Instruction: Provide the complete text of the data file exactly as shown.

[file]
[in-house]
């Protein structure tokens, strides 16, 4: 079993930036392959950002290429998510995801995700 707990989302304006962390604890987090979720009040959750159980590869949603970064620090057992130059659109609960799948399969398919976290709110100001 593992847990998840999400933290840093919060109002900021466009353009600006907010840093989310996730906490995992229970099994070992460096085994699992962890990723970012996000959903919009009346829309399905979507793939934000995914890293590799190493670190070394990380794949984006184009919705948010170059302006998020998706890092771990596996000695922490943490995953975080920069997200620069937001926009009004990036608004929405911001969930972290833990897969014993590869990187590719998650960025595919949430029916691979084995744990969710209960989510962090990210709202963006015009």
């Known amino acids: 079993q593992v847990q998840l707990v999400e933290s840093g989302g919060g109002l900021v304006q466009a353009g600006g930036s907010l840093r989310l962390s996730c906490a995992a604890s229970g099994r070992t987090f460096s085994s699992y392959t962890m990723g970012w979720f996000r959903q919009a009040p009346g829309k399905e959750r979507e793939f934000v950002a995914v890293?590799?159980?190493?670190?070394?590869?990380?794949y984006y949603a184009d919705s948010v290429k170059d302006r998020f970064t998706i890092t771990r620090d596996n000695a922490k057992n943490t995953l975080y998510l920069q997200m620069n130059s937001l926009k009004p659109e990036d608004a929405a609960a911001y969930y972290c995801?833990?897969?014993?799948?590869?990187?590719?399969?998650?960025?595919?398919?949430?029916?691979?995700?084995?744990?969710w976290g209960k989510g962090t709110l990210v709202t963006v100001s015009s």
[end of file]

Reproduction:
[in-house]
């Protein structure tokens, strides 16, 4: 079993930036392959950002290429998510995801995700 707990989302304006962390604890987090979720009040959750159980590869949603970064620090057992130059659109609960799948399969398919976290709110100001 593992847990998840999400933290840093919060109002900021466009353009600006907010840093989310996730906490995992229970099994070992460096085994699992962890990723970012996000959903919009009346829309399905979507793939934000995914890293590799190493670190070394990380794949984006184009919705948010170059302006998020998706890092771990596996000695922490943490995953975080920069997200620069937001926009009004990036608004929405911001969930972290833990897969014993590869990187590719998650960025595919949430029916691979084995744990969710209960989510962090990210709202963006015009």
């Known amino acids: 079993q593992v847990q998840l707990v999400e933290s840093g989302g919060g109002l900021v304006q466009a353009g600006g930036s907010l840093r989310l962390s996730c906490a995992a604890s229970g099994r070992t987090f460096s085994s699992y392959t962890m990723g970012w979720f996000r959903q919009a009040p009346g829309k399905e959750r979507e793939f934000v950002a995914v890293?590799?159980?190493?670190?070394?590869?990380?794949y984006y949603a184009d919705s948010v290429k170059d302006r998020f970064t998706i890092t771990r620090d596996n000695a922490k057992n943490t995953l975080y998510l920069q997200m620069n130059s937001l926009k009004p659109e990036d608004a929405a609960a911001y969930y972290c995801?833990?897969?014993?799948?590869?990187?590719?399969?998650?960025?595919?398919?949430?029916?691979?995700?084995?744990?969710w976290g209960k989510g962090t709110l990210v709202t963006v100001s015009s």